FAQ ●  Resources ● Giving
Select Page
Han Huynh
Han Huynh
Job Market Candidate
Fields: Behavioral & Experimental, Microeconomics
Sponsor(s): Mark Dean


CV


I am a PhD Candidate in Economics at Columbia University. My doctoral research focuses on using experiments to understand the factors which affect how people choose between different options.


Job Market Paper
Abstract:

Mounting evidence reveals a puzzle in consumer finance: in high-stakes financial decisions, people leave a substantial amount of money on the table, even when financial education is available. The ubiquity of financial choices makes understanding the effects of incentives and education on mistakes crucial.
This project experimentally examines the impact of changes in incentives and educational availability on incentivized but hypothetical healthcare choices using Amazon Mechanical Turk. We find that increasing incentives are ineffective in increasing decision-making effort, even when these changes are made clear and salient to the subjects. Yet, surprisingly, despite this lack of effort response, subjects' choices improve when incentives are high. This result highlights an under-appreciated channel of incentives: when stakes become larger, often, the problems become simpler too. We next investigate the effect of available education. Overall, education leads to an increase in decision-making effort and an improvement in choice quality. However, this average effect masks significant heterogeneity across incentive treatments. Subjects are willing to put in the educational effort when either the problems are hard or mistakes are highly costly, but the return of the educational effort is zero for hard problems and positive for easy ones. Thus, only when stakes are high and the problem is easy does education have an effect. These findings suggest that people can be encouraged to get education for high-stakes decisions, and policy-makers have a role in simplifying problems to translate the extra effort into better choices.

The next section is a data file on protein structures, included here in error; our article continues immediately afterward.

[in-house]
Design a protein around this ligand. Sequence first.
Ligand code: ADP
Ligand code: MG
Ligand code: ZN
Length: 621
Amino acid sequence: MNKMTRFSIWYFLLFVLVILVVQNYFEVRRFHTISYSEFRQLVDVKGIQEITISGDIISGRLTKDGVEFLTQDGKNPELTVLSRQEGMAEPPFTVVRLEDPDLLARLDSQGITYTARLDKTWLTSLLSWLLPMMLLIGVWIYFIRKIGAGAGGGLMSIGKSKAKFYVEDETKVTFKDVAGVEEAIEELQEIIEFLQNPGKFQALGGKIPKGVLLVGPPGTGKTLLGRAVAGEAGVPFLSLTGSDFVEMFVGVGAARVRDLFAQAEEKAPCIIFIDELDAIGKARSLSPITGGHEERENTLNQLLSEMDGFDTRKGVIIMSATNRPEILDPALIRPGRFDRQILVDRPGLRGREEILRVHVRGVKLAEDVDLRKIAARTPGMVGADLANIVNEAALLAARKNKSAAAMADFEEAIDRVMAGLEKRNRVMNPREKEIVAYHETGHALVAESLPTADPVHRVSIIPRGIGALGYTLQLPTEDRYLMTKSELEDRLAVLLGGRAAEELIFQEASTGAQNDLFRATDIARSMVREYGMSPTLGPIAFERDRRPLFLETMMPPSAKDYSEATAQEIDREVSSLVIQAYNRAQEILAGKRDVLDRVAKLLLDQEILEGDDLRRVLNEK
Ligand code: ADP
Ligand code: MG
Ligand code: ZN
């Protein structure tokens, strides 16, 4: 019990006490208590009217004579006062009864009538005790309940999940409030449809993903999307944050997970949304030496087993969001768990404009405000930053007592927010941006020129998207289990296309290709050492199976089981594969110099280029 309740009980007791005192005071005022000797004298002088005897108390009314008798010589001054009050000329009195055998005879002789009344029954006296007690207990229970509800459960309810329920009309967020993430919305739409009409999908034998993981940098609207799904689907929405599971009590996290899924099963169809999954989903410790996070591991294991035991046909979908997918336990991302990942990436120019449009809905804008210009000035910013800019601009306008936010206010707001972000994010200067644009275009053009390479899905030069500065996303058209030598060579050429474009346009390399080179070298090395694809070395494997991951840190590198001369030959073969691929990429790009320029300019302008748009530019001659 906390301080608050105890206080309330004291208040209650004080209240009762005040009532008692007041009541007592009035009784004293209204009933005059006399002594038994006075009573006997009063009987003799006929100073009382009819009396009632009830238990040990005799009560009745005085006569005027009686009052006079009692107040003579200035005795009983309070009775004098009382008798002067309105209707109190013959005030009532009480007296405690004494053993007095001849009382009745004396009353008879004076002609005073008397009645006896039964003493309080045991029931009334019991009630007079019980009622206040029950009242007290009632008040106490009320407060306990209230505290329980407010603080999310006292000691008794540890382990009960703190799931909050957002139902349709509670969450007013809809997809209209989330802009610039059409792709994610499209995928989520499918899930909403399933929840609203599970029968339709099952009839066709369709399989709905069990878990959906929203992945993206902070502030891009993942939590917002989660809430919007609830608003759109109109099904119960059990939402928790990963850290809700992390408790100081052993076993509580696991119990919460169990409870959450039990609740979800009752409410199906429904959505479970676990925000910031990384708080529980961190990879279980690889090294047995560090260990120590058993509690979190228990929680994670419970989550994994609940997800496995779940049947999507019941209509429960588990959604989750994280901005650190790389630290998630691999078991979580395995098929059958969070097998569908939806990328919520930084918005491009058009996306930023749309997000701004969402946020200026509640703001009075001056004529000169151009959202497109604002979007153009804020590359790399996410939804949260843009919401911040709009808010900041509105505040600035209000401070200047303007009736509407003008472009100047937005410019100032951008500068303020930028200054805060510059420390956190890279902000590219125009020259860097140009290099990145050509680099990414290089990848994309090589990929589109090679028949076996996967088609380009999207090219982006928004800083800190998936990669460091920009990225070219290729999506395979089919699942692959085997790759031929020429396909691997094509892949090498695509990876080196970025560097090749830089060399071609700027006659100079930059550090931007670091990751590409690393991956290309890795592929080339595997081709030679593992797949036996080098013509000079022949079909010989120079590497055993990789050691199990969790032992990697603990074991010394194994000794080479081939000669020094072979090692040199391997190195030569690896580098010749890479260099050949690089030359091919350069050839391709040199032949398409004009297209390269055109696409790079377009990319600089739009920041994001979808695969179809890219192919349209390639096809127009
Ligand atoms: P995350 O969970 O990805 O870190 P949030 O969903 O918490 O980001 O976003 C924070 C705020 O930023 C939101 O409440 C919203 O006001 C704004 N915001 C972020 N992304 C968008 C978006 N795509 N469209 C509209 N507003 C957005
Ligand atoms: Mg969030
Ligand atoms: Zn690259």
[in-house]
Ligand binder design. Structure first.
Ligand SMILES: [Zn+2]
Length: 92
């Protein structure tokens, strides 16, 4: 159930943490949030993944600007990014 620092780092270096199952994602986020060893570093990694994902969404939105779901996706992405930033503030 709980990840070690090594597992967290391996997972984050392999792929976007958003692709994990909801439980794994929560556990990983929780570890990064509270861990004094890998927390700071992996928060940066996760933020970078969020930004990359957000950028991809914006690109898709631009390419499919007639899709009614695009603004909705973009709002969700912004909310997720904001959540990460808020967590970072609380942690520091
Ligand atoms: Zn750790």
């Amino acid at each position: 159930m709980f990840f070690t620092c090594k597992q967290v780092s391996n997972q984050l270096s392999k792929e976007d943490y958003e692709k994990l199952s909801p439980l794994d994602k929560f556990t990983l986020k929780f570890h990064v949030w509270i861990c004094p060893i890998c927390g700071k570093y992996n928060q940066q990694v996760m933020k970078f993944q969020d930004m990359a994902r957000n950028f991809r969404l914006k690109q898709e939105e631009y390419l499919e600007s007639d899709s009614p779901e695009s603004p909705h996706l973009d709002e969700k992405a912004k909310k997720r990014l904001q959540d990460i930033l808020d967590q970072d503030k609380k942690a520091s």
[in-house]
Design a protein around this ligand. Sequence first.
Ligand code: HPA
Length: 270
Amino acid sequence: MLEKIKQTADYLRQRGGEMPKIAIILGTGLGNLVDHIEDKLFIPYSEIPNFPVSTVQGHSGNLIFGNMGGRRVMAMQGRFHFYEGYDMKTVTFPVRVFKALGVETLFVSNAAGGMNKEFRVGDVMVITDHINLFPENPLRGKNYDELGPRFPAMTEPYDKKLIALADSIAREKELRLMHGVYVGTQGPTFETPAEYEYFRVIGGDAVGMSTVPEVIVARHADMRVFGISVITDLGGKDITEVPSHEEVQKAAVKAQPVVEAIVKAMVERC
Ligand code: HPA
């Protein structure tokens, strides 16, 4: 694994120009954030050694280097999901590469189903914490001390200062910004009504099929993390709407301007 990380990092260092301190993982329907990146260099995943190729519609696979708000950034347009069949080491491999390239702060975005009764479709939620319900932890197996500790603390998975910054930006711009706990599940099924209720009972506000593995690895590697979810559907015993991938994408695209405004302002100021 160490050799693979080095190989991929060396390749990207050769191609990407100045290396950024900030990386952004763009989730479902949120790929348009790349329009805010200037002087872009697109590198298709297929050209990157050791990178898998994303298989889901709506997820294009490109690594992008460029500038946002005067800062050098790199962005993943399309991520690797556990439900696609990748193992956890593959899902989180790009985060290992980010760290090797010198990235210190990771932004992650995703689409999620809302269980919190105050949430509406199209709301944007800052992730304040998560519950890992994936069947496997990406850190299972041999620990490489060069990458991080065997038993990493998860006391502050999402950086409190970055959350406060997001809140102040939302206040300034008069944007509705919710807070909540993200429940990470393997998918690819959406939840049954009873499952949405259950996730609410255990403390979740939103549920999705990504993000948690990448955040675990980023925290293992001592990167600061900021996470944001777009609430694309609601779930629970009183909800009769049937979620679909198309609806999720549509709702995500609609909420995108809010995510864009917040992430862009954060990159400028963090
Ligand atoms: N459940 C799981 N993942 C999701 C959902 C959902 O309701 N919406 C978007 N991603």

Research

Identifying Incomplete Preferences
(with Marina Agranov, Mark Dean, Evan Friedman and Pietro Ortoleva)

Compete for Influence
(with Tomoo Kikuchi)


Teaching

Teaching Fellow, Columbia University
Microeconomic Analysis II (Ph.D. 1st Year), for Professors Yeon-koo Che and Bentley MacLeod, Spring 2017
Game Theory, for Professor Qingmin Liu, Spring, Fall 2016
Economic Development of Japan, for Professor Edward Lincoln, Fall 2015

1022 International Affairs Building (IAB)
Mail Code 3308  
420 West 118th Street
New York, NY 10027
Ph: (212) 854-3680
Fax: (212) 854-0749
Business Hours:
Mon–Fri, 9:00 a.m.–5:00 p.m.

1022 International Affairs Building (IAB)

Mail Code 3308

420 West 118th Street

New York, NY 10027

Ph: (212) 854-3680
Fax: (212) 854-0749
Business Hours:
Mon–Fri, 9:00 a.m.–5:00 p.m.